I tend to prefer the horror adjacent myself, but grabbed Silent Companions by Laura Purcell from the library on the promise of it being a gothic horror and it fell a little flat for me. I can certainly see where some would give it high marks, but it never really got beyond a little creepy for me and I had some quibbles with the way it was told.

anilEhilated
Feb 17, 2014

But I say fuck the rain.



Grimey Drawer

Ornamented Death posted:

Dead Sea by Tim Curran is full of underwater monsters. It is not as well-written as the two books you named, but like most of Curran's work, it's a lot of fun.
Oh yeah, read that as well, forgot to mention. Thanks anyway!

MockingQuantum
Jan 20, 2012




Gun Saliva

I just finished A God in the Shed and I'm... still not a big fan, but glad I finished it, weirdly. I am kind of low-level excited to read more from this author, since I think he's got some good ideas, but needs some experience under his belt to really figure out some structural issue (and, hopefully, improve his descriptive prose, which is pretty bland 90% of the time).

Now I'm on to The Devil Crept In which so far isn't really grabbing me, but I'm not very far into the book. Anybody read it?

Clipperton
Dec 20, 2011


Grimey Drawer

Solitair posted:

I was very into Stephen King in high school, though I haven't read any of his books since 11/22/63. I can't say how good most of the books I read are, since that evaluation would be based on distant, nostalgic memories, but I'm still confident in saying that "1408" is my favorite short story of his.

1408 is an absolute ripper and everyone should read it

gey muckle mowser posted:

One author that I don’t see discussed much here is Joyce Carol Oates. I haven’t read any of her novels, but I’ve read a bunch of her horror short stories and they are excellent. Anyone a fan and have a recommendation for her?

If you like serial-killer stuff then Zombie is worth a look, it won't take up too much of your time anyway

Skyscraper
Oct 1, 2004

Hurry Up, We're Dreaming





Drunken Baker posted:

It's rumoured, and almost a poorly kept secret, that Scarlet Gospels was ghost written. Not sure who (not read any of Paul Kane's work, but I know he's close with Barker), but the style and... well, everything is so far from Clive's style* that yeah, "embarrassing" is the word I'd use. Even some of the most hardcore Hellraiser fans I know have trouble defending Pinhead going super saiyan(?) and shooting fireballs at Lucifer.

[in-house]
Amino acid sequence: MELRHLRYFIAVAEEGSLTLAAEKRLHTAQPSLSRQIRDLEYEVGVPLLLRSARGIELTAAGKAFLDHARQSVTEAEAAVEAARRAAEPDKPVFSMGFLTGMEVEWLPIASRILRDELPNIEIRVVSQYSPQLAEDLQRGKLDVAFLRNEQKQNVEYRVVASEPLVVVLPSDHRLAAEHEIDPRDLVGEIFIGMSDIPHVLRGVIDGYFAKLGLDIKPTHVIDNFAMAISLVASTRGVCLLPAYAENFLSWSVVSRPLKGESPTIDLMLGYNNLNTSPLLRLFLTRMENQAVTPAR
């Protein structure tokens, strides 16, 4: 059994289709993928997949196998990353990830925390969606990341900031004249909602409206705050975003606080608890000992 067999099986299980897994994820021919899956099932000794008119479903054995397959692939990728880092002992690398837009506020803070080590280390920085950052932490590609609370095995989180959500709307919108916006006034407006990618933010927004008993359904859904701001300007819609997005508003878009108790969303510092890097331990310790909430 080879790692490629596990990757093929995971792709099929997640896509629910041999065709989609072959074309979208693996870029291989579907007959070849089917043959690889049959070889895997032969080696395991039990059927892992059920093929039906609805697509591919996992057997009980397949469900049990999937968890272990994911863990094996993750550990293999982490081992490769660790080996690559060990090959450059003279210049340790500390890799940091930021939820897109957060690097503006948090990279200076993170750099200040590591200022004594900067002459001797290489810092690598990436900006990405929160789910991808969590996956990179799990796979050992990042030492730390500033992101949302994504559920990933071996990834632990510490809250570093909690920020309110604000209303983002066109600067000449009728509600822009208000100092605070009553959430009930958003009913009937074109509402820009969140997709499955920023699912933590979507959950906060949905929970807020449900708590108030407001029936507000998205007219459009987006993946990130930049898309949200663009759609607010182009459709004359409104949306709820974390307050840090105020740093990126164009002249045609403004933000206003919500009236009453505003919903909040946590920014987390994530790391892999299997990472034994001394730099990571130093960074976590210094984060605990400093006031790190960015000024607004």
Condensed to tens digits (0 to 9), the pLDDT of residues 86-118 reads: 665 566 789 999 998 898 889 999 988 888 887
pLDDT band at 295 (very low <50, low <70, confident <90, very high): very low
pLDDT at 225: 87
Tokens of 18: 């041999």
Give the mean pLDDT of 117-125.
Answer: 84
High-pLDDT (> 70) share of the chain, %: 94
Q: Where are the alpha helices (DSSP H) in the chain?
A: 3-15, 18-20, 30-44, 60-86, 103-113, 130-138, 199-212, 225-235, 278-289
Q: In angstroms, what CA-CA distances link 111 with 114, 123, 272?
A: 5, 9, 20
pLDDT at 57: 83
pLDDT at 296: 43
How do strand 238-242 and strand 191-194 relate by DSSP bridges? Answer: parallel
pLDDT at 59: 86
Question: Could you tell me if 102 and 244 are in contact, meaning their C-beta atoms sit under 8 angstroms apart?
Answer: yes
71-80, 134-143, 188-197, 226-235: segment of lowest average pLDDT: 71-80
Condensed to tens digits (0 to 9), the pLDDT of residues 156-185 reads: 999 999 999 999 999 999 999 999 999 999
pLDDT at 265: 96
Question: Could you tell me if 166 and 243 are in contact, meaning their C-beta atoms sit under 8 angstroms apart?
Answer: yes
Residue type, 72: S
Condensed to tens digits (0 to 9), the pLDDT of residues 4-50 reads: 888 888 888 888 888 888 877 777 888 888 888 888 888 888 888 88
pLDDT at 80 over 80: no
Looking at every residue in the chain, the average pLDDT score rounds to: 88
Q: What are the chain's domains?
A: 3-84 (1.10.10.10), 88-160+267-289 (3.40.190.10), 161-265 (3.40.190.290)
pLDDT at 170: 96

*Early style, at least. Never read his later, fantasy stuff.

The going super saiyan was kinda dumb, but more than that the whole book read like the author wasn't up to date on anything in the Hellraiser mythos and was just treating it like regular hell, with demons and lakes of fire and whatnot.

Hungry
Jul 14, 2006



Scarlet Gospels was a huge bait and switch for me. I'd never read anything by Barker before except The Hellbound Heart and flipped Gospels open on a whim while browsing in a bookshop. The first two chapters were hands-down amazing and convinced me to get the book, and then the rest was a wet fart.

Drunken Baker
Feb 3, 2015

VODKA STYLE DRINK


Skyscraper posted:

Just treating it like regular hell, with demons and lakes of fire and whatnot.

Unfortunately that's pretty much what Hellraiser devolved into with the later films. With an actual angel showing up in the latest film. Everything cool and weird and good about the idea of this parallel realm dedicated to extreme experience was just flushed down the bog. "Angels to some, demons to others..." nah, they're just demons now. The Labyrinth is ACTUAL Judeo-Christian hell where the dead go and the box is a shortcut.

loving trash.

Origami Dali
Jan 7, 2005

Get ready to fuck!
You fucker's fucker!
You fucker!


Scarlet Gospels is shockingly bad, even if it sometimes has flashes of brilliance (there's one bit of dialogue from Pinhead that really struck me; all other dialogue from every character is juvenile snarky one liners, it's garbage). I'm not sure where the ghost writer rumors originated, though. Barker had been talking about writing it for something like 25 years, and supposedly finished the first draft about 6 years before publication. You can't imagine how sad it was looking forward to this book for 2 decades and ending up with... yeah.

The Hellbound Heart will always be a masterpiece, though.

Drunken Baker
Feb 3, 2015

VODKA STYLE DRINK


The worst part for me was when the aul girl (who Pinhead literally kicks to death) quips, "These aren't your usual sado-machoists from beyond the grave!"

At first I thought, oh that's cute, harking back to the naming debacle with the first Hellraiser film. But it's so clunky and horrible and on the nose and it makes my drat skin crawl now.

Skyscraper
Oct 1, 2004

Hurry Up, We're Dreaming





Drunken Baker posted: